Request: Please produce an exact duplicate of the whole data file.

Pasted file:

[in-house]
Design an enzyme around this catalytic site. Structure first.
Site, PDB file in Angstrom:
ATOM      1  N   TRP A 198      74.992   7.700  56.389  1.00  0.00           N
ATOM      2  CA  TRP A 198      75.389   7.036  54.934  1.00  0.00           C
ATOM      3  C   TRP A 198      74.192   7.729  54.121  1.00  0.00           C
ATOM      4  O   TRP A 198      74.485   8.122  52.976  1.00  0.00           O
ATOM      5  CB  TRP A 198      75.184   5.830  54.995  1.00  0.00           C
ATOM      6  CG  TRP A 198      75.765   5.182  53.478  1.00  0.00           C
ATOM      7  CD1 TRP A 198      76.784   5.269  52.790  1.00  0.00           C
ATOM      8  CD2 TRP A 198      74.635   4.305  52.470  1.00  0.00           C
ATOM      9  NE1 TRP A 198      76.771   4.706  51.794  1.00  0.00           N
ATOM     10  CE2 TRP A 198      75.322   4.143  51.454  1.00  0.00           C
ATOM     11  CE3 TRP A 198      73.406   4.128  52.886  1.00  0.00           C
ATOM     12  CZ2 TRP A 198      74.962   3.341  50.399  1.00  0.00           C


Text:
[in-house]
Design an enzyme around this catalytic site. Structure first.
Site, PDB file in Angstrom:
ATOM      1  N   TRP A 198      74.992   7.700  56.389  1.00  0.00           N
ATOM      2  CA  TRP A 198      75.389   7.036  54.934  1.00  0.00           C
ATOM      3  C   TRP A 198      74.192   7.729  54.121  1.00  0.00           C
ATOM      4  O   TRP A 198      74.485   8.122  52.976  1.00  0.00           O
ATOM      5  CB  TRP A 198      75.184   5.830  54.995  1.00  0.00           C
ATOM      6  CG  TRP A 198      75.765   5.182  53.478  1.00  0.00           C
ATOM      7  CD1 TRP A 198      76.784   5.269  52.790  1.00  0.00           C
ATOM      8  CD2 TRP A 198      74.635   4.305  52.470  1.00  0.00           C
ATOM      9  NE1 TRP A 198      76.771   4.706  51.794  1.00  0.00           N
ATOM     10  CE2 TRP A 198      75.322   4.143  51.454  1.00  0.00           C
ATOM     11  CE3 TRP A 198      73.406   4.128  52.886  1.00  0.00           C
ATOM     12  CZ2 TRP A 198      74.962   3.341  50.399  1.00  0.00           C